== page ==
Gamil-Brôg? - While the Hosts have yet to learn of the existence of this character, we have suggested that Telchar, who is young, would have an older dwarf master who is more skeptical about the idea of working with the Sindar. He is willing to teach Eöl, though, so he's not anti-elf. He will come into conflict with the Green Elves and Ents over the dwarves' logging practices, and be killed in an ent attack on his forge. His death serves the themes of the story.
    Denethor - He dies shortly after being introduced. He's the leader of his people, but an antagonist to Thingol, so we won't see an overly sympathetic portrayal of him. His death will be a result of being completely underequipped and unskilled in battle. He will die because his friend Treebeard is not there to save him.
    Fëanor - He had it coming. The story is all about him from the moment he was born. It will still shock the audience, because we show him wounded, so they will be expecting a save/recovery, not a death scene.
    Last edited: Apr 22, 2018
  3. cellardur

    cellardur Active Member

    I think the concept of 'fridging' is a bit overblown, because killing loved ones to get to the hero is precisely what evil people do. Morgoth will do it to Hurin. Saruman will try and destroy the Shire for the same reason. When you are evil you become spiteful and petty. I think Feanor in part burns the ships to inflict the Teleri with the same sense of loss his has over the Silmarils. Later Maeglin will attempt to kill Earendil for the same reasons. I do see your very valid point. I think the best way to confront this is to have the characters constantly react in 'realistic' way.

    As you said Miriel and Finwe will be well developed with entire seasons devoted to their issues.

    With Elenwe, we can give her some unique customs associated with the Vanyar.

    Killing off Earwen and Irime to me is going to be hard for the audience to take. It just so happens in this battle that every one close to Finnarfin's family dies. It will also make things very difficult when Orodreth and Finrod take in the sons of Feanor. I think we are underestimating how bad Finnarfin's children are going to look. They are going to sit in the House of Thingol and never mention to him, his brother and niece are dead.
  4. MithLuin

    MithLuin Well-Known Member

    Certainly, the threat to friends and family is a typical mob tactic; I'm not suggesting that villains *wouldn't* kidnap or kill a girlfriend. My suggestion is that we don't introduce such characters just to kill them off for motivation without making them characters in their own right. If they seem superfluous and easy to kill means we haven't really integrated them into the story. That was partly why we didn't include Argon in this telling of the story; he would have been 'the little brother who shows up to get killed for no reason' and we hadn't had any real opportunity to develop his character previously. While juggling such a large cast, the minor characters are indeed periphery. We have invested time in getting the audience to know Fingon and Turgon...we had not done the same for Argon, and there was not much character there to get to know. So, we skipped him in favor of spending time developing some of his cousins instead. Also, I can't think of too many scenes in the Silmarillion where it will make sense for someone to grab a character and hold them at knifepoint as a threat to someone else. The Eöl-Aredhel-Maeglin situation comes to mind, but other than that. Or for someone to come home to find the mutilated corpse of a loved one. I'm mostly asking that we be more subtle than that with our storytelling. I'm not saying we can't have Gorlim the Unhappy's story play out as written. There is a perfectly valid reason for his wife to be dead, and we can have it make sense in the story that he'd have a reason to think she's still alive.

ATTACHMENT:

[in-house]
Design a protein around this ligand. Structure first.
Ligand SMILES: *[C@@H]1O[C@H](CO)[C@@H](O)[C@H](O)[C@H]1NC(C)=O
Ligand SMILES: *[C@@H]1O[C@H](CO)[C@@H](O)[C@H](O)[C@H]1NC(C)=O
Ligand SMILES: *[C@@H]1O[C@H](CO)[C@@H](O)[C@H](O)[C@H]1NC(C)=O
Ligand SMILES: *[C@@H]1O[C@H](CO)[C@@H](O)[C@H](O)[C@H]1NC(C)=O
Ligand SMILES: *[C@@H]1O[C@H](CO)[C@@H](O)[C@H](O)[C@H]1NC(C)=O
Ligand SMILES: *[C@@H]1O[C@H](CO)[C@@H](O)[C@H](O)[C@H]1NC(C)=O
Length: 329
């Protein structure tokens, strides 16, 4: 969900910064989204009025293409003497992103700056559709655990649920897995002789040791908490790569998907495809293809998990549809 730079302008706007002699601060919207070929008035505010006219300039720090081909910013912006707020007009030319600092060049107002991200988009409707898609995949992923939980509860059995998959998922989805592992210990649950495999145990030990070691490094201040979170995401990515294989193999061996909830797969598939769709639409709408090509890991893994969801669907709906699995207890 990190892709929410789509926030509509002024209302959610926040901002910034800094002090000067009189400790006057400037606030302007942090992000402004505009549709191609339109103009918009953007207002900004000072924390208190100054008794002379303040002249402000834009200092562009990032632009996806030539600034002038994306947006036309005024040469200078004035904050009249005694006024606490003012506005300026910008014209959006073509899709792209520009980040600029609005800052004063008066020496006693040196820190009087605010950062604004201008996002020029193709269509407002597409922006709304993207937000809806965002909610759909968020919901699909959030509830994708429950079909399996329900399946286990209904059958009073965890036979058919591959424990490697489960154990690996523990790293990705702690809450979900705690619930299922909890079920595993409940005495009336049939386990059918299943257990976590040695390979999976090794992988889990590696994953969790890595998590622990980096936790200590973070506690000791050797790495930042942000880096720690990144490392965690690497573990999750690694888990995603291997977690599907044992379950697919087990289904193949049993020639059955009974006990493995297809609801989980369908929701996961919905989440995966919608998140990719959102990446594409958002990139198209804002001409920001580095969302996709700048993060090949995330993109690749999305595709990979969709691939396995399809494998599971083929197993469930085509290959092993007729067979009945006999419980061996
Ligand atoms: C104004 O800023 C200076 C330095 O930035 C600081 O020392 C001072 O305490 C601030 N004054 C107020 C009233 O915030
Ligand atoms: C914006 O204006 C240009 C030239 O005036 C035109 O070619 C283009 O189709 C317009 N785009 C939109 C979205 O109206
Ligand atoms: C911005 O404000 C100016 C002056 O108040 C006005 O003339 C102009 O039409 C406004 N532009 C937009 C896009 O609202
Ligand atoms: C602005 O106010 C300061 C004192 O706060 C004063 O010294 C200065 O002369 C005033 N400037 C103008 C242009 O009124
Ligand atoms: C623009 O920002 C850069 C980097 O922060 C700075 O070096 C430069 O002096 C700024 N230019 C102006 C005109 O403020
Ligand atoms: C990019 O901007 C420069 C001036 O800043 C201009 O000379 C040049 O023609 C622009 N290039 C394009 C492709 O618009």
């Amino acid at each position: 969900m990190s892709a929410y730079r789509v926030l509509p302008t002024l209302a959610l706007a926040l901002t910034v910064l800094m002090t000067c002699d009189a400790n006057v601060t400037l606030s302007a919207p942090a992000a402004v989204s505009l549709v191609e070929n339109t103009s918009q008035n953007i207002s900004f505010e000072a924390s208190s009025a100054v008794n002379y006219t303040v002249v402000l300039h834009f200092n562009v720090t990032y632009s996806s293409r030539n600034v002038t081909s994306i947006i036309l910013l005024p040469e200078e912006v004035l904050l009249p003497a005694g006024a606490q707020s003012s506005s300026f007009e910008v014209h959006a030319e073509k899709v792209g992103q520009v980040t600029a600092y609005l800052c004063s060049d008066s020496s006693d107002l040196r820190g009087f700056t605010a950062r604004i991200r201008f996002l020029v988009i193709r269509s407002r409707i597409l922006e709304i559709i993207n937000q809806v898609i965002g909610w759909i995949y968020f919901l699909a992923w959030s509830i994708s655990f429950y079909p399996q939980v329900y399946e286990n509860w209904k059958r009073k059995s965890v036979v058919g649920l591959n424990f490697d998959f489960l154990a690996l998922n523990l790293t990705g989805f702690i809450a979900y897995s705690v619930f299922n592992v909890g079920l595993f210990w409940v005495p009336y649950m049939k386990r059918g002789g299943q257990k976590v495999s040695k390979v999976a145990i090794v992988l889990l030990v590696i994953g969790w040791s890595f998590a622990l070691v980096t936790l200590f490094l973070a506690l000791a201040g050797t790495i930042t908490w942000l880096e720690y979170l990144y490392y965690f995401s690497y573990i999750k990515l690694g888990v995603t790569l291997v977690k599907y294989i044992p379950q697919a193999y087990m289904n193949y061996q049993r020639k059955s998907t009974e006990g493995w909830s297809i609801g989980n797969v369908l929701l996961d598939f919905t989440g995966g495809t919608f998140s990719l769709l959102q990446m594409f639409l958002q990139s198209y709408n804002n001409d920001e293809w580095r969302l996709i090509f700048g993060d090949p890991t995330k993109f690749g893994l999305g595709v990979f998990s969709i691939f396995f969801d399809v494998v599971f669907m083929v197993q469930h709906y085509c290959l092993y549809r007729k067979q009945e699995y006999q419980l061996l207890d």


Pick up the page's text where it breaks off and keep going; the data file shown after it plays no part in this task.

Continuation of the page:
With Irimë, it is certainly the case that we did not take any effort to develop a storyline for her in Beleriand. We could have kept her until later, and come up with new stories for her in Middle-earth. As Fingolfin's sister, she could have supported him as High King in the absence of his wife, taking on a queenly role and giving Fingolfin a confidante (in the absence of his wife and brothers and sisters, we've made him a very lonely king). We could see her grief at his death. Etc. We chose not to do that, and instead to use her death to motivate Fingolfin in the Kinslaying. I'm not saying we shouldn't have done that - I just think it's important to acknowledge that that is what we've done, and make sure we see that. It's the type of thing that you are allowed to do, but you shouldn't overdo. I'm mostly hoping that people will remember that, and not say, 'Hey, Eldalotë doesn't do anything important...let's kill her to help explain Angrod's fierce determination to defend Dorthonion.' Instead...maybe think of something useful for Eldalotë to do? And if we've already killed Earwen...have that matter to Angrod and Aegnor and explain their anger and grief towards the Fëanoreans. No need to kill yet another female relative of theirs and be redundant.